When the final draft of each essay is due, students will include in their essay packets all previous drafts from
peer reviews and conferencing, and a final, clean copy of the essay. Materials must be in an envelope (large
Peer Review: Students will read and offer feedback to their peers in class. On designated Peer Review
Workshop days in class, students are expected to bring 3 copies of a draft of their essay. Grading is based on
active participation, such as thorough completion of Peer Review Guidelines. Students are expected to read
and respond thoughtfully to other student’s drafts.
Reading Exercises: Students are required to read everything assigned from our text, Axelrod & Cooper’s
Concise Guide to Writing. I will give quizzes over reading assignments. It is crucial that students read from
the text, as it provides models and suggestions that will help write the out-of-class essays.
*** The instructor reserves the right to alter the syllabus if circumstances warrant.
Course Syllabus
Course Name:
Course Number:
ENGL 1101
Course Description:
A composition course focusing on skills required for effective writing in a variety of contexts,
with emphasis on exposition and argumentation, and also including introductory use of a variety
of research skills. Fall, Spring, Summer.
Prerequisite: Exemption from or successful completion of READ 0099 and ENGL 0099.
USG General Education Outcomes Pertinent to this Course:
Communications: Oral and written communication will be characterized by clarity, critical
analysis, logic, coherence, persuasion, precision, and rhetorical awareness.
Competence within the context of collegiate general education is defined by the following
Ability to assimilate, analyze, and present in oral and written forms, a body of
Ability to analyze arguments;
Ability to adapt communication to circumstances and audience;
Ability to consider and accommodate opposing points of view;
Ability to interpret content of written materials on related topics from various
Ability to communicate in various modes and media, including the proper use of
appropriate technology;
Ability to produce communication that is stylistically appropriate and mature;
Ability to communicate in standard English for academic and professional
Ability to interpret inferences and develop subtleties of symbolic and indirect
Ability to sustain a consistent purpose and point of view;
Ability to compose effective written materials for various academic and
professional contexts.
ABAC Course Learning Outcomes:
Composition I Course Outcomes/Objectives:
1101 Outcomes
Students who successfully complete the course will
1. Write competently with a sense of audience and purpose.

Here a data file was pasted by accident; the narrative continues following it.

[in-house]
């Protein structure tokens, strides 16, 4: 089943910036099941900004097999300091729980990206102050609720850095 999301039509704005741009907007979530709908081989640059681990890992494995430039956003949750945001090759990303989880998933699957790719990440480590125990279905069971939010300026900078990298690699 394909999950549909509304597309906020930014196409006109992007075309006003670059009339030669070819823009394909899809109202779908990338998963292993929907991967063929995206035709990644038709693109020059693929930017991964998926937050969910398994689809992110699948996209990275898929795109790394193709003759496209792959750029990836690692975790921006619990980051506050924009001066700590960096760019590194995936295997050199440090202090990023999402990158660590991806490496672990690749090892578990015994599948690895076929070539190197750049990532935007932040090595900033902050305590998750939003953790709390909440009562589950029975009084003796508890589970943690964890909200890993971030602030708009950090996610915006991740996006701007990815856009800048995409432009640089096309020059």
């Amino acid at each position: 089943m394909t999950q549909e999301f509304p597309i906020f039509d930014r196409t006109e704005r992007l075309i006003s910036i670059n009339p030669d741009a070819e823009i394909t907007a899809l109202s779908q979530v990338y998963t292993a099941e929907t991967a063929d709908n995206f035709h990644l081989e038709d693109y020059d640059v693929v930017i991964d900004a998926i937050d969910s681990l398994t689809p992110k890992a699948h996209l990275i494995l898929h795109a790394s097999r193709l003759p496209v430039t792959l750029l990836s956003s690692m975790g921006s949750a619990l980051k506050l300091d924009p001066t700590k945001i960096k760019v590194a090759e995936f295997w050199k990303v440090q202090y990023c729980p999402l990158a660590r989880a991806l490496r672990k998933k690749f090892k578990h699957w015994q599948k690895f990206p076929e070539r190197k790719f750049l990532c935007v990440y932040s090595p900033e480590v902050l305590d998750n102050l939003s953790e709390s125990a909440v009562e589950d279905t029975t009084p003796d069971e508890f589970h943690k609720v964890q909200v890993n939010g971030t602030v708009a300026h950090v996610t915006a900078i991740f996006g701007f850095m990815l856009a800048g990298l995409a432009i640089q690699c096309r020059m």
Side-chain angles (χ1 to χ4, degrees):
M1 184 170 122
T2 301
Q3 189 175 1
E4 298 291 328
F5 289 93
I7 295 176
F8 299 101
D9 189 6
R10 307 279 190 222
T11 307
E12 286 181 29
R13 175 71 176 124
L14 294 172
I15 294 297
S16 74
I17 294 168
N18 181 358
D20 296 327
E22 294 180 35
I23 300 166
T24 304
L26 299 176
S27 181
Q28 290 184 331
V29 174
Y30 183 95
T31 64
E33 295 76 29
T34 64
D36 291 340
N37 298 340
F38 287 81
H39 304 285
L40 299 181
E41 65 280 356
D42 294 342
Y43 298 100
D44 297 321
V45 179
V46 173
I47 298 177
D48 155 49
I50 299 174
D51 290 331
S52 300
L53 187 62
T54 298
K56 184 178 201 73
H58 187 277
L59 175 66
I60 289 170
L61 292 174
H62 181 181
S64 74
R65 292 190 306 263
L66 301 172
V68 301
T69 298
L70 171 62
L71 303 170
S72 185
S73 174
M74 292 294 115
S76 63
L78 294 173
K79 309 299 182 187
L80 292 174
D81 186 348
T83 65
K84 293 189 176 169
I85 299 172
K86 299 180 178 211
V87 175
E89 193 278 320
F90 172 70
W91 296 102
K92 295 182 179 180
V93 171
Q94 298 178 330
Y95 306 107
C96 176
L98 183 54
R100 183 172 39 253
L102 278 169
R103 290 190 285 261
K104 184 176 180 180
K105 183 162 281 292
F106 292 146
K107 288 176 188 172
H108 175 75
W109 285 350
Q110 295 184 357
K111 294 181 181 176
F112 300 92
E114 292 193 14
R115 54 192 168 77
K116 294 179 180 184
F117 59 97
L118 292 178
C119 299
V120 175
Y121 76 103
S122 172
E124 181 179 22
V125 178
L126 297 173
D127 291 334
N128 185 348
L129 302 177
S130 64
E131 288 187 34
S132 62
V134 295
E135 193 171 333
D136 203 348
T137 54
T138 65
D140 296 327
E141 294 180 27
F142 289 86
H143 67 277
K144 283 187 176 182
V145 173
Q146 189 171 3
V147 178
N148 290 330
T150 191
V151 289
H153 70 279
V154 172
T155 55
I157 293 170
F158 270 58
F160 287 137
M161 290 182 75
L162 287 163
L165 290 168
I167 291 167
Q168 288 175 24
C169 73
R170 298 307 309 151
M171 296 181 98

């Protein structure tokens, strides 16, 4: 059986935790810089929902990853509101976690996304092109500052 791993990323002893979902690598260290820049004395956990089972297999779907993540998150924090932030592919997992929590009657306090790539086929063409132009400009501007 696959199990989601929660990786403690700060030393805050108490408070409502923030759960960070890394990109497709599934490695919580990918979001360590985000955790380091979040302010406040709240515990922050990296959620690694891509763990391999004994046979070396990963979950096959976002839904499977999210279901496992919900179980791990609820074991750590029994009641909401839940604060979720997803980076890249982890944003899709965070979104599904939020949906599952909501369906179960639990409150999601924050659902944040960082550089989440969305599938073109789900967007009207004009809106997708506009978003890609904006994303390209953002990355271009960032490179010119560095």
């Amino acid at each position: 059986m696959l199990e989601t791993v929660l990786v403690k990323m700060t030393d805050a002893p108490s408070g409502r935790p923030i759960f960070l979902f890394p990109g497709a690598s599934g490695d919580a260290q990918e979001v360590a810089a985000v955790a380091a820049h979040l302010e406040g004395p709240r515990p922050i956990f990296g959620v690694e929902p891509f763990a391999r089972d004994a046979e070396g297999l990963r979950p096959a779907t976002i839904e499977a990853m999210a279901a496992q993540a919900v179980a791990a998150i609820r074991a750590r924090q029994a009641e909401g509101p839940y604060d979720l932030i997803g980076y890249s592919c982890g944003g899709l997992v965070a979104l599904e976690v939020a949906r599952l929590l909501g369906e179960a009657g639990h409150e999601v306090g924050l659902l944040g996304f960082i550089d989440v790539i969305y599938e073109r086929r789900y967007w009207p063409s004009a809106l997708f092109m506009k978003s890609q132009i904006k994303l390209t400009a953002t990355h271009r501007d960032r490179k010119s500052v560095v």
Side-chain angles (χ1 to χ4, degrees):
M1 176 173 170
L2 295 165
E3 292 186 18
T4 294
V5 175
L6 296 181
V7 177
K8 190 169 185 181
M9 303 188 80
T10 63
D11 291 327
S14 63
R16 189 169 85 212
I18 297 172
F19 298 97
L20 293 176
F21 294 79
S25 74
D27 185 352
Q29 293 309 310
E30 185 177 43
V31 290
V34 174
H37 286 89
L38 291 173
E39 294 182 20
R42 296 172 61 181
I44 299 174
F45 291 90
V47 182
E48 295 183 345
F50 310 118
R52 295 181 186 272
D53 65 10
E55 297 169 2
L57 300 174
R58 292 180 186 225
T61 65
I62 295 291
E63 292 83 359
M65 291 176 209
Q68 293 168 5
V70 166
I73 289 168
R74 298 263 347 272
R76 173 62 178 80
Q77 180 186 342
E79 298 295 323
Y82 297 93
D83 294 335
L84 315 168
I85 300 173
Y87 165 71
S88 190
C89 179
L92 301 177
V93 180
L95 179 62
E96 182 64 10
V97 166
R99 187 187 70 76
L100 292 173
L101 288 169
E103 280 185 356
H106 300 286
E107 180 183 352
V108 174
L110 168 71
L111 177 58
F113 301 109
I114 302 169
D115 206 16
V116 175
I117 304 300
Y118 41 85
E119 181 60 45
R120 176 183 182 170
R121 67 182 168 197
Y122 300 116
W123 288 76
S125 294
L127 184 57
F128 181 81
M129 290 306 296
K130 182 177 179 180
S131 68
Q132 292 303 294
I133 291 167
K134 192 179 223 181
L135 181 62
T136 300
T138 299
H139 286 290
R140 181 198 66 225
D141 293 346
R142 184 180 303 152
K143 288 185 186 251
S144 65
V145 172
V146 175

2. Write with a clear central idea supported effectively and organized appropriately
3. Analyze the rhetorical situation and choose the appropriate genre and writing
4. Produce writing with an effective command of standard English grammar, usage, and
5. Practice the collaborative and social aspect of the writing process and demonstrate an
ability to critique their writing and the writing of others.
6. Employ basic research methods and document sources ethically.
A student who serves as an official representative of the college is defined as one who:
1. is authorized to use the college name in public relationships outside the institution;
2. regularly interacts with non-college individuals and groups over an extended period of
time (at least one semester);
3. represents the college as a part of a group and not as an individual;
4. represents the college under the direct supervision of a college faculty or staff member;
5. is authorized in writing, in advance, by the President of the college.
Such a student is in no way released from the obligations and responsibilities of all students,
but will not be penalized with unexcused absences when absences result from regularly scheduled
activities in which he/she represents the college.
Further, it is the responsibility of each student to contact instructors prior to the absence and to
make arrangements to make up any work that will be missed, in a manner acceptable to the
instructor. Advisors of activities will schedule off-campus activities in a manner that does not
unduly disrupt the learning process for a student.
College Policy on Academic Dishonesty:
A. Academic Dishonesty
Academic irregularities include, but are not limited to, giving or receiving of unauthorized
assistance in the preparation of any academic assignment; taking or attempting to take,
stealing, or otherwise obtaining in an unauthorized manner any material pertaining to the
education process; selling, giving, lending, or otherwise furnishing to any person any
question and/or answers to any examination known to be scheduled at any subsequent
date; fabricating, forging, or falsifying lab or clinical results; plagiarism in any form
related to themes, essays, term papers, tests, and other assignments; breaching any
confidentiality regarding patient information.
B. Disciplinary Procedures
1. When a faculty member suspects that a student has engaged in academic dishonesty,
the faculty member will contact the Office of the Vice President for Academic
Affairs. The Vice President for Academic Affairs will notify the student in writing of
the report and will appoint a neutral person from among the faculty or staff to meet
with the faculty member who reported the matter and the student(s) believed to have
engaged in academic dishonesty. The purpose of the meeting, to be scheduled by the
Office of the Vice President for Academic Affairs, will be to provide a facilitated